The Pistons lost a game in Utah. In other news, the sun rose in the east, politicians will solicit votes on TV today and Oliver Miller likes to eat.
What is it about Utah? The Pistons are now 2-15 in their last 17 games out there. Are the hotel mattresses lumpy? Is the Delta Center haunted? Do our players get lulled into a false sense of security by playing against a bunch of white guys? I don't have a clue.
What I do know is that Detroit lost a heartbreaker to the tune of 103-101, with Rip Hamilton missing a potentially game-tying layup as time expired. In Rip's defense, "missing a layup" is understating the situation -- he was driving against roughly 14 feet of Grade A shot-blocking ability in Andrei Kirilenko and Memo Okur, and his shot was definitely altered by one or both. But here's the thing: had Rip tied the game and Detroit gone on to win the game in overtime, it would have been an upset, at least considering how Detroit played for much of the game.
Yet again, Detroit spent much of the evening playing from behind, and the few times they did have the lead they never led by more than two points. Utah, on the other hand, led for three consecutive quarters by as many as 10 points before being outscored 30-22 in the fourth. That's a nice comeback bid by Detroit, but it wasn't quite enough. There were opportunities down the stretch, but time and again the Pistons didn't take advantage: in the final five minutes and change, Detroit had three turnovers, eight missed field goals and three missed free throws (two by Wallace and one by Billups). Despite some ticky-tack technical fouls earlier in the game (including one by assistant coach Dave Cowens that resulted in a four-point play earlier in the quarter), the Pistons had ample opportunity to overcome the officials and take the lead, but mistakes did them in.
Considering the Pistons lost by two, a lot of people are going to talk about Detroit's three technical fouls, so let me get those out of the way. Was Rasheed's tech in the second quarter B.S.? Yes, it was, but I disagree with Flip Saunders, who implied after the game that the techs were the difference in the game. That sounds like sour grapes to me: even without the three free throws, Detroit still gave up triple-digits on defense, still registered just 13 assists on 77 field-goal attempts and still threw away multiple opportunities down the stretch.
In case you missed it, here's what happened: in the second quarter, Rasheed hit a shot down low despite apparent contact. He immediately turned up court to play defense, but while doing so he stuck his hand in the air and yelled "And one," as a ref would normally do had a whistle been blown.
There's not a chance in hell that would have resulted in a tech last year, but Steve Javie felt empowered to make the call this year, even though Wallace's actions weren't disruptive and certainly didn't call attention to any particular official. Yes, it did reveal Sheed's displeasure with a non-call, but it did so in the most benign way. Saunders argued the call but only made things worse by getting a technical of his own.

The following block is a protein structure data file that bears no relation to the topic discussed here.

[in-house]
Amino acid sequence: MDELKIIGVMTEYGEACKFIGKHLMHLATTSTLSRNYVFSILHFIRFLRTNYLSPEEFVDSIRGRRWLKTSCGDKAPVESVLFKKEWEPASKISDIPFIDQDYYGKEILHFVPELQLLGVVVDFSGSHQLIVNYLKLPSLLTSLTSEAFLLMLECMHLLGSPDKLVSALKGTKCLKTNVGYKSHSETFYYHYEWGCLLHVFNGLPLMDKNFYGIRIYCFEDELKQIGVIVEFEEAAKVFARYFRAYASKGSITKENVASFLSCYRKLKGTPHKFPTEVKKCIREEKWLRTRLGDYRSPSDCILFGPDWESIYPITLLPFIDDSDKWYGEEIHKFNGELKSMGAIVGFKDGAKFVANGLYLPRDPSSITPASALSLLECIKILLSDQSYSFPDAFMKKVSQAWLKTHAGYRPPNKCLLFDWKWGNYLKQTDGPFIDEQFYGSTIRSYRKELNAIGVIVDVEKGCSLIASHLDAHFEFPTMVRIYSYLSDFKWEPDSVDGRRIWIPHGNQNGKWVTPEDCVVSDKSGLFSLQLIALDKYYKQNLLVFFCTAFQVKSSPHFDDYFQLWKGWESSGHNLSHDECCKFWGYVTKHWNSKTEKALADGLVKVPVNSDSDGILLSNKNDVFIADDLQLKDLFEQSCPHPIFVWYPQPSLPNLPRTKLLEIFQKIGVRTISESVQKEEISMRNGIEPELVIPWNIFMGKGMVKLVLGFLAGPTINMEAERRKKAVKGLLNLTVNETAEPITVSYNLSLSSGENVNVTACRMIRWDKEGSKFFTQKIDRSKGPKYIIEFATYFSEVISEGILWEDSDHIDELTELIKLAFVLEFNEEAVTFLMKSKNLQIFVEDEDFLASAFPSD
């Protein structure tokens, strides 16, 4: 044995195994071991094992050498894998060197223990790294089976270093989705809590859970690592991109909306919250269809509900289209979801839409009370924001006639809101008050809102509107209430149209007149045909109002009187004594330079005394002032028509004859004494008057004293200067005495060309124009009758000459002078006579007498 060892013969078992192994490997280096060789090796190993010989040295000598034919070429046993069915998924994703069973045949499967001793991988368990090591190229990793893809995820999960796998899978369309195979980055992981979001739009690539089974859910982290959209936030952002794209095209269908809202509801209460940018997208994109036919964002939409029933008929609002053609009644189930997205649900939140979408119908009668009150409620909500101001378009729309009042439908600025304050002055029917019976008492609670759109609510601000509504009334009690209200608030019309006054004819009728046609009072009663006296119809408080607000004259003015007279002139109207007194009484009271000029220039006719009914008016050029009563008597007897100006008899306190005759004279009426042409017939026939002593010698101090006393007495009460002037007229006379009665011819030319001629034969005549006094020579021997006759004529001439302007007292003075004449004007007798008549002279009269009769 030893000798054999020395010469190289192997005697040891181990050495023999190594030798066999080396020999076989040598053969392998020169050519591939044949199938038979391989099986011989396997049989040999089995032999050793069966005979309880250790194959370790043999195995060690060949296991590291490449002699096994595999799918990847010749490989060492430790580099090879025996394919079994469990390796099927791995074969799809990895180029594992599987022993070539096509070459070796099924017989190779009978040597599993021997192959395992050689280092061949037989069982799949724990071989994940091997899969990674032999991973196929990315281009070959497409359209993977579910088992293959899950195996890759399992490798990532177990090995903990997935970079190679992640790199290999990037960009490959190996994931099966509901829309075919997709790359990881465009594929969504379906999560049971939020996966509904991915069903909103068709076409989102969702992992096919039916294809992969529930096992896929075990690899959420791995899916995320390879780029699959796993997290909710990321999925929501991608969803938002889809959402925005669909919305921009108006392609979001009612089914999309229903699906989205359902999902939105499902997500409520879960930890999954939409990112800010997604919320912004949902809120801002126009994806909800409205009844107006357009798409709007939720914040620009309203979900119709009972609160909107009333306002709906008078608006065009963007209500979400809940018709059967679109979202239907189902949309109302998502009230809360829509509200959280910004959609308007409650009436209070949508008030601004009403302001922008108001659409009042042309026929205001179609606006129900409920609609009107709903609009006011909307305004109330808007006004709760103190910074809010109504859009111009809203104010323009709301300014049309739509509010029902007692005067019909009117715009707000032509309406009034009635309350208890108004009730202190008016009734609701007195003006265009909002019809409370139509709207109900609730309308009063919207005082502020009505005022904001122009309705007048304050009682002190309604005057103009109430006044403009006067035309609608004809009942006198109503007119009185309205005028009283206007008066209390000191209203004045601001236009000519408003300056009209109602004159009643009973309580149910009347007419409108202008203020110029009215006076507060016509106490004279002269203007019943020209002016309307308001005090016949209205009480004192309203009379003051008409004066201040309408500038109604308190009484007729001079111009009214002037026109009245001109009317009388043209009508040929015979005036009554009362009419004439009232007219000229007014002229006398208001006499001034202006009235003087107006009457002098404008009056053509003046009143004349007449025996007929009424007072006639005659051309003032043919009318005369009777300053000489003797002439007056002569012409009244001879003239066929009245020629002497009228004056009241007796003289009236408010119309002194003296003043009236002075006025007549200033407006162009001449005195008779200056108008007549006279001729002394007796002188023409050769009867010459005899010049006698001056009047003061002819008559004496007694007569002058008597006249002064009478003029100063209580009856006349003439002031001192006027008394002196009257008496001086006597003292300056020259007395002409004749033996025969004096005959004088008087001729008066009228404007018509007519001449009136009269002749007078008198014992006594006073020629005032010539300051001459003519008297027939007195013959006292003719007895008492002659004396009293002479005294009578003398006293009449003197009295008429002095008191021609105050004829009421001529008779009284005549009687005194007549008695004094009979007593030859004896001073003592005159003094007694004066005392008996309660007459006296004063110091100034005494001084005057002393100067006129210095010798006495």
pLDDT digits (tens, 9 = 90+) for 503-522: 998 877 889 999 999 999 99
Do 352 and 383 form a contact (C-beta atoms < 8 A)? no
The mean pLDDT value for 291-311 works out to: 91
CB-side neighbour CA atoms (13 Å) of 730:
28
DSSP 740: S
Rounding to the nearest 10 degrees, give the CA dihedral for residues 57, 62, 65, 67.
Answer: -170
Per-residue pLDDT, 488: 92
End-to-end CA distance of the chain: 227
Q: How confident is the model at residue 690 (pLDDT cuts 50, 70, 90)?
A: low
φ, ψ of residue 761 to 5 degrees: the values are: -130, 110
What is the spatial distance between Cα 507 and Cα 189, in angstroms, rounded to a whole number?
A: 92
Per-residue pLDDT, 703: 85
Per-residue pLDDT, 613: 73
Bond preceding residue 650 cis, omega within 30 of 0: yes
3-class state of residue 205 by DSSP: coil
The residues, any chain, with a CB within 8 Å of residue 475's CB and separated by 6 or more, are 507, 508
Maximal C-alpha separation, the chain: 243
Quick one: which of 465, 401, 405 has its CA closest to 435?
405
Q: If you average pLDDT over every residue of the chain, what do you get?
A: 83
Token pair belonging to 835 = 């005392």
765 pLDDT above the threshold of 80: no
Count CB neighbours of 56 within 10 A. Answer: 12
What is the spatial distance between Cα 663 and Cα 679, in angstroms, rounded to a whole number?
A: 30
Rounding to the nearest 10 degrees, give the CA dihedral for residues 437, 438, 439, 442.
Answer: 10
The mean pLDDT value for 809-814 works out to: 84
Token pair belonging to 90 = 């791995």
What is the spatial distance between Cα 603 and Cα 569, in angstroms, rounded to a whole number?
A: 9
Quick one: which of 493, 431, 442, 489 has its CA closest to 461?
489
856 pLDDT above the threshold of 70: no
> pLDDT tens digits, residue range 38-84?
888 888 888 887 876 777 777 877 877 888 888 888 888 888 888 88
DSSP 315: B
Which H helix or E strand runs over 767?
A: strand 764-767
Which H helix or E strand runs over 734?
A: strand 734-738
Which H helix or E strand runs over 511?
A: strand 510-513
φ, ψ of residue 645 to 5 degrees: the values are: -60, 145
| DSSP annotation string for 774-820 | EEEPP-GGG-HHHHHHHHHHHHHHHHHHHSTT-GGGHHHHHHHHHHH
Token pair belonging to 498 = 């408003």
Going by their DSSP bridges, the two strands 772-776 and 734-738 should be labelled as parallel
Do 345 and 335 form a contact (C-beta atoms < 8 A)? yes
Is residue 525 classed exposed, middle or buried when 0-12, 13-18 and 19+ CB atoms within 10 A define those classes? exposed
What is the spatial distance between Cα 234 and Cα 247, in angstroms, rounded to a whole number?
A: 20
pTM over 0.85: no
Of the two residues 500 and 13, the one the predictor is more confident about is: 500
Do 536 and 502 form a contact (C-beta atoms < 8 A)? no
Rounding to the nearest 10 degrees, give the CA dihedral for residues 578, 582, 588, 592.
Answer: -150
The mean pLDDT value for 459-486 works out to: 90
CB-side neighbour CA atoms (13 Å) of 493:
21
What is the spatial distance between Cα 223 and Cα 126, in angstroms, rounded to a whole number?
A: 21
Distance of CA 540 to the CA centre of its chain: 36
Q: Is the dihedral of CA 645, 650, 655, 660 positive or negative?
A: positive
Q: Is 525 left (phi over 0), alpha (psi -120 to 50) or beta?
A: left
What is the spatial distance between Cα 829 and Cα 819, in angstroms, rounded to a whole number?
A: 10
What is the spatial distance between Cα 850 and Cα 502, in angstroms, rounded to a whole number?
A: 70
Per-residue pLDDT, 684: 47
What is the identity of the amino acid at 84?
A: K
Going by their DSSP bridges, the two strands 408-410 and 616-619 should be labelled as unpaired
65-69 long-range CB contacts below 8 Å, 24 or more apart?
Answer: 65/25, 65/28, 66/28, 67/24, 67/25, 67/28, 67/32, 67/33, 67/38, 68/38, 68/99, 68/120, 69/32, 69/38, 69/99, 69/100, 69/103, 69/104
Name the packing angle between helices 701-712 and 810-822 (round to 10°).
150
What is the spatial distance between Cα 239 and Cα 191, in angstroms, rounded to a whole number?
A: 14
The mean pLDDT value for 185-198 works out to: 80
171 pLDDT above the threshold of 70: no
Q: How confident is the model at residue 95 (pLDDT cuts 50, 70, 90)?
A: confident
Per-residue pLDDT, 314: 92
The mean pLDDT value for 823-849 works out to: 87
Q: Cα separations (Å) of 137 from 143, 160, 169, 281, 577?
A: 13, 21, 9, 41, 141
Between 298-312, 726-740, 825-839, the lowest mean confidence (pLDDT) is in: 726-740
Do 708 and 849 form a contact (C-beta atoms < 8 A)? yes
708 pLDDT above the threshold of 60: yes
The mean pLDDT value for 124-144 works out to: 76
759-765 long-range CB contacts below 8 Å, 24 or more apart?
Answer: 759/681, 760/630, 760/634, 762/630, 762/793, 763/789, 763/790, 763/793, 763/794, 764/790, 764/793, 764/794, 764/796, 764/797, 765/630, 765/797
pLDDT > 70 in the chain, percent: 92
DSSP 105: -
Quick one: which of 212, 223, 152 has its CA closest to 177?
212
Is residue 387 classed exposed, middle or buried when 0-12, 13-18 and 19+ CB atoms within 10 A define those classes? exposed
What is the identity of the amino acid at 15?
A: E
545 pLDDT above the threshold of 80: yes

Now, if David Stern was telling the truth when he said the new emphasis wasn't designed to remove emotion from the game, I have to believe he'll consider rescinding this one so that it doesn't count against Rasheed's season total, just like Chris McCosky suggests. But even so, that'd be a poor consolation prize considering it doesn't change the outcome of the game. Eh, whatever. Like I said, Detroit had multiple chances to make these questionable calls a moot point, and they botched it.
As for individual performances, Chauncey Billups was off all night: 10 points on 3-10 shooting from the field and four assists. Tayshaun Prince was damn near invisible with eight points in 36 minutes. And Rip Hamilton shot just 4-15 from the field to finish with 14.
The good news? On a night in which only one starter topped 14 points Detroit was still able to put 101 points on the board. Rasheed played a complete game, making his first real contribution of the season in the first half (14 points) to finish with 25 points, 12 boards and four blocks. He did his best to put the team on his back, playing inspired basketball even though he was clearly frustrated by the officials.
Nazr Mohammed continues to make the most of his playing time with 11 points, eight boards and two blocks in just 19 minutes. The bench played extremely well with Flip Murray (15 points, 20 minutes) and Carlos Delfino (eight points, four boards, 17 minutes) in particular seeing a good deal of action. Antonio McDyess shot just 2-8 from the field but turned in a yeoman's effort on the offensive glass, hauling in six offensive boards to go with a steal and a block. And just to cover all the bases, I should also mention Jason Maxiell, who missed his only official field goal attempt but scored four out of six free throw attempts. He's a beast when he gets down low, and he's doing an outstanding job drawing contact.
As a team, Detroit also outrebounded Utah 43-41, which is a feat in itself considering Utah's front line is one of the league's best with Kirilenko (11 points, eight boards), Okur (23 points, 10 boards) and Carlos Boozer (20 points, 11 boards). But while those three did basically what you'd expect from theme, Utah got a bit of a push from their bench, with Gordon Giricek shooting lights out (6-6 from the field) with 13 points in 17 minutes and Derek Fisher pitching in 12 points and seven assists in 25 minutes.